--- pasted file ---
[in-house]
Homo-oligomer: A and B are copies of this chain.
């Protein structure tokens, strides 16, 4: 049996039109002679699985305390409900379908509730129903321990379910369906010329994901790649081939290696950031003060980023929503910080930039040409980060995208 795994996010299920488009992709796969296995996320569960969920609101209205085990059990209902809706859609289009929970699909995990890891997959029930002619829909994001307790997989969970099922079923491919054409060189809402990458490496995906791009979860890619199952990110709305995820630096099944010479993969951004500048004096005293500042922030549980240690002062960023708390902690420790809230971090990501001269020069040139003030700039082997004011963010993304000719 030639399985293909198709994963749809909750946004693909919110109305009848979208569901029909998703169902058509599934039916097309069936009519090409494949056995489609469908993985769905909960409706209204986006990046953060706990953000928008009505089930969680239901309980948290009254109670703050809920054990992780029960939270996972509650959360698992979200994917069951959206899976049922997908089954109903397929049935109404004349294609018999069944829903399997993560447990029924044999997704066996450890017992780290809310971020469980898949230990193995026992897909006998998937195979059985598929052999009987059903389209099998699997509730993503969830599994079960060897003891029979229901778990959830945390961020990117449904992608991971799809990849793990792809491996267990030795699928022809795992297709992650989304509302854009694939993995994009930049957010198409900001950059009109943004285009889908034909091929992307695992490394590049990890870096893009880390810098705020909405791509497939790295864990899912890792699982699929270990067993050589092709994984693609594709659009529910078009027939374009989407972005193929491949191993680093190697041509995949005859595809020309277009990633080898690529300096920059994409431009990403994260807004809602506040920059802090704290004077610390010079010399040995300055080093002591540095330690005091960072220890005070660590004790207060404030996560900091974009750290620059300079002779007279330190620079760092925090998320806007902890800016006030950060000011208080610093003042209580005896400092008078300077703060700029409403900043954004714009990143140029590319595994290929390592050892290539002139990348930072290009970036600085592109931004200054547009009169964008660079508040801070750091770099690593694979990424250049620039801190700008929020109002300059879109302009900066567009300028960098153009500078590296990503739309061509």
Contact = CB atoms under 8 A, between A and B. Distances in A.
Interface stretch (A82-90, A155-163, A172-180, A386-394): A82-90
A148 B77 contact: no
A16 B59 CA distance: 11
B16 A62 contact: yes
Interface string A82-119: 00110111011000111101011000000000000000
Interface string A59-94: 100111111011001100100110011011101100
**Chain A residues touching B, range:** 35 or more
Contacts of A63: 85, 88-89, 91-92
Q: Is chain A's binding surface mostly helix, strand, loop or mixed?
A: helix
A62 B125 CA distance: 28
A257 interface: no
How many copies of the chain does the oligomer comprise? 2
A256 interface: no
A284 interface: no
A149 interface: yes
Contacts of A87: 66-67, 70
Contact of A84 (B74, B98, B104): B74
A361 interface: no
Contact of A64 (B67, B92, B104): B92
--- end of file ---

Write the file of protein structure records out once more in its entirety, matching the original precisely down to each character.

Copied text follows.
[in-house]
Homo-oligomer: A and B are copies of this chain.
């Protein structure tokens, strides 16, 4: 049996039109002679699985305390409900379908509730129903321990379910369906010329994901790649081939290696950031003060980023929503910080930039040409980060995208 795994996010299920488009992709796969296995996320569960969920609101209205085990059990209902809706859609289009929970699909995990890891997959029930002619829909994001307790997989969970099922079923491919054409060189809402990458490496995906791009979860890619199952990110709305995820630096099944010479993969951004500048004096005293500042922030549980240690002062960023708390902690420790809230971090990501001269020069040139003030700039082997004011963010993304000719 030639399985293909198709994963749809909750946004693909919110109305009848979208569901029909998703169902058509599934039916097309069936009519090409494949056995489609469908993985769905909960409706209204986006990046953060706990953000928008009505089930969680239901309980948290009254109670703050809920054990992780029960939270996972509650959360698992979200994917069951959206899976049922997908089954109903397929049935109404004349294609018999069944829903399997993560447990029924044999997704066996450890017992780290809310971020469980898949230990193995026992897909006998998937195979059985598929052999009987059903389209099998699997509730993503969830599994079960060897003891029979229901778990959830945390961020990117449904992608991971799809990849793990792809491996267990030795699928022809795992297709992650989304509302854009694939993995994009930049957010198409900001950059009109943004285009889908034909091929992307695992490394590049990890870096893009880390810098705020909405791509497939790295864990899912890792699982699929270990067993050589092709994984693609594709659009529910078009027939374009989407972005193929491949191993680093190697041509995949005859595809020309277009990633080898690529300096920059994409431009990403994260807004809602506040920059802090704290004077610390010079010399040995300055080093002591540095330690005091960072220890005070660590004790207060404030996560900091974009750290620059300079002779007279330190620079760092925090998320806007902890800016006030950060000011208080610093003042209580005896400092008078300077703060700029409403900043954004714009990143140029590319595994290929390592050892290539002139990348930072290009970036600085592109931004200054547009009169964008660079508040801070750091770099690593694979990424250049620039801190700008929020109002300059879109302009900066567009300028960098153009500078590296990503739309061509």
Contact = CB atoms under 8 A, between A and B. Distances in A.
Interface stretch (A82-90, A155-163, A172-180, A386-394): A82-90
A148 B77 contact: no
A16 B59 CA distance: 11
B16 A62 contact: yes
Interface string A82-119: 00110111011000111101011000000000000000
Interface string A59-94: 100111111011001100100110011011101100
**Chain A residues touching B, range:** 35 or more
Contacts of A63: 85, 88-89, 91-92
Q: Is chain A's binding surface mostly helix, strand, loop or mixed?
A: helix
A62 B125 CA distance: 28
A257 interface: no
How many copies of the chain does the oligomer comprise? 2
A256 interface: no
A284 interface: no
A149 interface: yes
Contacts of A87: 66-67, 70
Contact of A84 (B74, B98, B104): B74
A361 interface: no
Contact of A64 (B67, B92, B104): B92